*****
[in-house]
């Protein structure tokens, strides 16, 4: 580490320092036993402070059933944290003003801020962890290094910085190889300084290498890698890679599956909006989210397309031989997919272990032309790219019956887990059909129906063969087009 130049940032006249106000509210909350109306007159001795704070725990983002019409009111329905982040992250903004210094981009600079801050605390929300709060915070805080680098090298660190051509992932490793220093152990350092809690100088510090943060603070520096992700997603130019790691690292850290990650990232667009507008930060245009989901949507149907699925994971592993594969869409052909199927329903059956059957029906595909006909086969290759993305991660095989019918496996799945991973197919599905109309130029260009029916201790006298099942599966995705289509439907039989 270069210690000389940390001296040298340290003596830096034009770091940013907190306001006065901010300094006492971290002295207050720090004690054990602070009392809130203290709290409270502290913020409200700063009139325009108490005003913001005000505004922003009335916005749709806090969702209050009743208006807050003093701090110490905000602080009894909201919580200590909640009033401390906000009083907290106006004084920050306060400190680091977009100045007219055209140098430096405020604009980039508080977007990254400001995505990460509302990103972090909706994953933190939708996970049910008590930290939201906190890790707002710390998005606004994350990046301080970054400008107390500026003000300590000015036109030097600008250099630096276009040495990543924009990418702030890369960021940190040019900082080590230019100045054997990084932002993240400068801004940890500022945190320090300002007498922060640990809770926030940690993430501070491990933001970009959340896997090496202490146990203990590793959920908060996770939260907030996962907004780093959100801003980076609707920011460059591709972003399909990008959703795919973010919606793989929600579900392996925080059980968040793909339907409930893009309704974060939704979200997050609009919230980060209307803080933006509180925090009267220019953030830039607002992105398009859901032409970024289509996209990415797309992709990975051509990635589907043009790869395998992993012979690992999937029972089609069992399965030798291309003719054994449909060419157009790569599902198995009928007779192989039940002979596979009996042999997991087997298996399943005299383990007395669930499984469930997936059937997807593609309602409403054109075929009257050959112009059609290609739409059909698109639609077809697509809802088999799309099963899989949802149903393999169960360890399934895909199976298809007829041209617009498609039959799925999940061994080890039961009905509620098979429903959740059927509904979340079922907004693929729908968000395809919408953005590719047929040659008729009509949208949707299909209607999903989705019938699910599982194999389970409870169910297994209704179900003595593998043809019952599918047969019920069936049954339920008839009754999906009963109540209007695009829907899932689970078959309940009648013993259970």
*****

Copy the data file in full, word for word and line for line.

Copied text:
[in-house]
């Protein structure tokens, strides 16, 4: 580490320092036993402070059933944290003003801020962890290094910085190889300084290498890698890679599956909006989210397309031989997919272990032309790219019956887990059909129906063969087009 130049940032006249106000509210909350109306007159001795704070725990983002019409009111329905982040992250903004210094981009600079801050605390929300709060915070805080680098090298660190051509992932490793220093152990350092809690100088510090943060603070520096992700997603130019790691690292850290990650990232667009507008930060245009989901949507149907699925994971592993594969869409052909199927329903059956059957029906595909006909086969290759993305991660095989019918496996799945991973197919599905109309130029260009029916201790006298099942599966995705289509439907039989 270069210690000389940390001296040298340290003596830096034009770091940013907190306001006065901010300094006492971290002295207050720090004690054990602070009392809130203290709290409270502290913020409200700063009139325009108490005003913001005000505004922003009335916005749709806090969702209050009743208006807050003093701090110490905000602080009894909201919580200590909640009033401390906000009083907290106006004084920050306060400190680091977009100045007219055209140098430096405020604009980039508080977007990254400001995505990460509302990103972090909706994953933190939708996970049910008590930290939201906190890790707002710390998005606004994350990046301080970054400008107390500026003000300590000015036109030097600008250099630096276009040495990543924009990418702030890369960021940190040019900082080590230019100045054997990084932002993240400068801004940890500022945190320090300002007498922060640990809770926030940690993430501070491990933001970009959340896997090496202490146990203990590793959920908060996770939260907030996962907004780093959100801003980076609707920011460059591709972003399909990008959703795919973010919606793989929600579900392996925080059980968040793909339907409930893009309704974060939704979200997050609009919230980060209307803080933006509180925090009267220019953030830039607002992105398009859901032409970024289509996209990415797309992709990975051509990635589907043009790869395998992993012979690992999937029972089609069992399965030798291309003719054994449909060419157009790569599902198995009928007779192989039940002979596979009996042999997991087997298996399943005299383990007395669930499984469930997936059937997807593609309602409403054109075929009257050959112009059609290609739409059909698109639609077809697509809802088999799309099963899989949802149903393999169960360890399934895909199976298809007829041209617009498609039959799925999940061994080890039961009905509620098979429903959740059927509904979340079922907004693929729908968000395809919408953005590719047929040659008729009509949208949707299909209607999903989705019938699910599982194999389970409870169910297994209704179900003595593998043809019952599918047969019920069936049954339920008839009754999906009963109540209007695009829907899932689970078959309940009648013993259970």